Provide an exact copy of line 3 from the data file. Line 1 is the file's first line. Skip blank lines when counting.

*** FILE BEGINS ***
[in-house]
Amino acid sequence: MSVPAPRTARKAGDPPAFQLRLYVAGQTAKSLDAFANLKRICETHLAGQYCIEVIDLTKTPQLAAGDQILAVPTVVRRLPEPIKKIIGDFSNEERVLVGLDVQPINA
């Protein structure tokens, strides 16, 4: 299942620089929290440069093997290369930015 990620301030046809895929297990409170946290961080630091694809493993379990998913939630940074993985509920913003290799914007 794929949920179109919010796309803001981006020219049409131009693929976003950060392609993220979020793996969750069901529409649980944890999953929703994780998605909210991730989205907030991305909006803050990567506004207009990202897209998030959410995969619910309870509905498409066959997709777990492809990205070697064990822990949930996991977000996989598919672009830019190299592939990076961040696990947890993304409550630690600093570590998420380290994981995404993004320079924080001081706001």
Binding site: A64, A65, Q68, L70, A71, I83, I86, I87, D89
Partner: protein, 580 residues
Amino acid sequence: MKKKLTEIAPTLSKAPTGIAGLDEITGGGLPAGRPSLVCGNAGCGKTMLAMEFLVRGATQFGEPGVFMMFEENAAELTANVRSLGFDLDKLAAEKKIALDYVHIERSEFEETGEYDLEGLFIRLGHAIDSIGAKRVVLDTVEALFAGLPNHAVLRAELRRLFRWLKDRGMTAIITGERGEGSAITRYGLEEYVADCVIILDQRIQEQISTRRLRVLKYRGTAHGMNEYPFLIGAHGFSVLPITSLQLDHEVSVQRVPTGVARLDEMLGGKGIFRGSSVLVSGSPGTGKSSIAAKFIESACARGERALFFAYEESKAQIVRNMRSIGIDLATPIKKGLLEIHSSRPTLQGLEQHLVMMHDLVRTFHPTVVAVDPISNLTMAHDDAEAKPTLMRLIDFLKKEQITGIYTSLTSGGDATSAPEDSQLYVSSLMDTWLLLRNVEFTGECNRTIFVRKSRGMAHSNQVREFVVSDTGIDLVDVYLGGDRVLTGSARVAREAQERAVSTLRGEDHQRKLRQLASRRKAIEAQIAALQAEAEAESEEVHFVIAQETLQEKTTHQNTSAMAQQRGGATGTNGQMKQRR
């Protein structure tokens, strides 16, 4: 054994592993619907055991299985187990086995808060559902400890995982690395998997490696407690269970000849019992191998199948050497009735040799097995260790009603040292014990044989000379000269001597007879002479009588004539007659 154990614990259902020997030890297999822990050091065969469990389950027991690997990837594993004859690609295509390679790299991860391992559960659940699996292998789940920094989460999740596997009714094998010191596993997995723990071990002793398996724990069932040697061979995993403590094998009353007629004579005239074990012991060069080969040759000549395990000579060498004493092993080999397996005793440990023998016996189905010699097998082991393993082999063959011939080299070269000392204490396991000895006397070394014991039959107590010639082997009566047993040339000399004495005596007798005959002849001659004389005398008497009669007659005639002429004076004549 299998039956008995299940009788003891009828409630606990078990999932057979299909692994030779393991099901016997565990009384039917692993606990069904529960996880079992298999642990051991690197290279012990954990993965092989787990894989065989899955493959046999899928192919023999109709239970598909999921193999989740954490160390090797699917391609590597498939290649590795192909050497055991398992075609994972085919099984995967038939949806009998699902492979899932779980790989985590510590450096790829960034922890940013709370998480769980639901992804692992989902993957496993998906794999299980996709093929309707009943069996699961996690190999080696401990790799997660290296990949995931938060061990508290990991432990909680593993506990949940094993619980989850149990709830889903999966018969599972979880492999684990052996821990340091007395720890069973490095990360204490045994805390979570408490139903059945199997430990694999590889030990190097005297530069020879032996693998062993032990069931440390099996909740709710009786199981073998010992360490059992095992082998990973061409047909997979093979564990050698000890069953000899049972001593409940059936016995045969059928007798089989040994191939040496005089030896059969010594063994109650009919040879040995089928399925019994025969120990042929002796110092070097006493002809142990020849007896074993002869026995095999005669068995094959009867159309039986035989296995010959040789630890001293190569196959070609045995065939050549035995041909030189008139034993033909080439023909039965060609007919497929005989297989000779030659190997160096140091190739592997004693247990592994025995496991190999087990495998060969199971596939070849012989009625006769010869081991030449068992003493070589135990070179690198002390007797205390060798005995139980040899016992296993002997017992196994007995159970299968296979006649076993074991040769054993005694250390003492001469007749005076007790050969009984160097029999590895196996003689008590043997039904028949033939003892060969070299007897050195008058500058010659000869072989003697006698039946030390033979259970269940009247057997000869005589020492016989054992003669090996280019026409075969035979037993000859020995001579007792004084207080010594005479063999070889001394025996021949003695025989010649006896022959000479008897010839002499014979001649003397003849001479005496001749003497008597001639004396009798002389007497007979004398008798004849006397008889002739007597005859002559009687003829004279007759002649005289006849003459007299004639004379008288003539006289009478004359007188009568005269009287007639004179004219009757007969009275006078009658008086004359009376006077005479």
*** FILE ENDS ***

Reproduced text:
């Protein structure tokens, strides 16, 4: 299942620089929290440069093997290369930015 990620301030046809895929297990409170946290961080630091694809493993379990998913939630940074993985509920913003290799914007 794929949920179109919010796309803001981006020219049409131009693929976003950060392609993220979020793996969750069901529409649980944890999953929703994780998605909210991730989205907030991305909006803050990567506004207009990202897209998030959410995969619910309870509905498409066959997709777990492809990205070697064990822990949930996991977000996989598919672009830019190299592939990076961040696990947890993304409550630690600093570590998420380290994981995404993004320079924080001081706001």